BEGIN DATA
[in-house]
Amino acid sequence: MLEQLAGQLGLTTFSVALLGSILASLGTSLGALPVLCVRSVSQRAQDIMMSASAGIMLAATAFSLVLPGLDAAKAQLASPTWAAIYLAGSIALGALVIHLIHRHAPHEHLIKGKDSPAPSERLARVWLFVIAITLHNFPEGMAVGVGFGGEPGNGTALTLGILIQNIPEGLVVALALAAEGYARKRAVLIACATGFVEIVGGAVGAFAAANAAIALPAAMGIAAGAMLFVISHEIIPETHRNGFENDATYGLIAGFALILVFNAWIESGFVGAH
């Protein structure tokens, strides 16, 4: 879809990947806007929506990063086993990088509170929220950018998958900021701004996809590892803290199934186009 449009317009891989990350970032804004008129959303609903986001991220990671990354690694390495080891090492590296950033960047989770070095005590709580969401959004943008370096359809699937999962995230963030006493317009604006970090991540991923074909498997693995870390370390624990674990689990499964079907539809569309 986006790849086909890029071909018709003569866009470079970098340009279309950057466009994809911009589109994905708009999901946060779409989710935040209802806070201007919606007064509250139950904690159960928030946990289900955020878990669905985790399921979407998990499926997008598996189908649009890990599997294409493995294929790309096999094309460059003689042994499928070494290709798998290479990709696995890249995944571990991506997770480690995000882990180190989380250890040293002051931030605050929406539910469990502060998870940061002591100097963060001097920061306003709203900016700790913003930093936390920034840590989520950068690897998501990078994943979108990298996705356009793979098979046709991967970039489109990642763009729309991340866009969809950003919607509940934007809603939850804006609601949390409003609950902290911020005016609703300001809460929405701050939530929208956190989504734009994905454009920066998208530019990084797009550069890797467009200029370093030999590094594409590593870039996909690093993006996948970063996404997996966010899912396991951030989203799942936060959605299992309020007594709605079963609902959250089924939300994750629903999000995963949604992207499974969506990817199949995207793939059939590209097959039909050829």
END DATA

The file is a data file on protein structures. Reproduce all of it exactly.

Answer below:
[in-house]
Amino acid sequence: MLEQLAGQLGLTTFSVALLGSILASLGTSLGALPVLCVRSVSQRAQDIMMSASAGIMLAATAFSLVLPGLDAAKAQLASPTWAAIYLAGSIALGALVIHLIHRHAPHEHLIKGKDSPAPSERLARVWLFVIAITLHNFPEGMAVGVGFGGEPGNGTALTLGILIQNIPEGLVVALALAAEGYARKRAVLIACATGFVEIVGGAVGAFAAANAAIALPAAMGIAAGAMLFVISHEIIPETHRNGFENDATYGLIAGFALILVFNAWIESGFVGAH
């Protein structure tokens, strides 16, 4: 879809990947806007929506990063086993990088509170929220950018998958900021701004996809590892803290199934186009 449009317009891989990350970032804004008129959303609903986001991220990671990354690694390495080891090492590296950033960047989770070095005590709580969401959004943008370096359809699937999962995230963030006493317009604006970090991540991923074909498997693995870390370390624990674990689990499964079907539809569309 986006790849086909890029071909018709003569866009470079970098340009279309950057466009994809911009589109994905708009999901946060779409989710935040209802806070201007919606007064509250139950904690159960928030946990289900955020878990669905985790399921979407998990499926997008598996189908649009890990599997294409493995294929790309096999094309460059003689042994499928070494290709798998290479990709696995890249995944571990991506997770480690995000882990180190989380250890040293002051931030605050929406539910469990502060998870940061002591100097963060001097920061306003709203900016700790913003930093936390920034840590989520950068690897998501990078994943979108990298996705356009793979098979046709991967970039489109990642763009729309991340866009969809950003919607509940934007809603939850804006609601949390409003609950902290911020005016609703300001809460929405701050939530929208956190989504734009994905454009920066998208530019990084797009550069890797467009200029370093030999590094594409590593870039996909690093993006996948970063996404997996966010899912396991951030989203799942936060959605299992309020007594709605079963609902959250089924939300994750629903999000995963949604992207499974969506990817199949995207793939059939590209097959039909050829």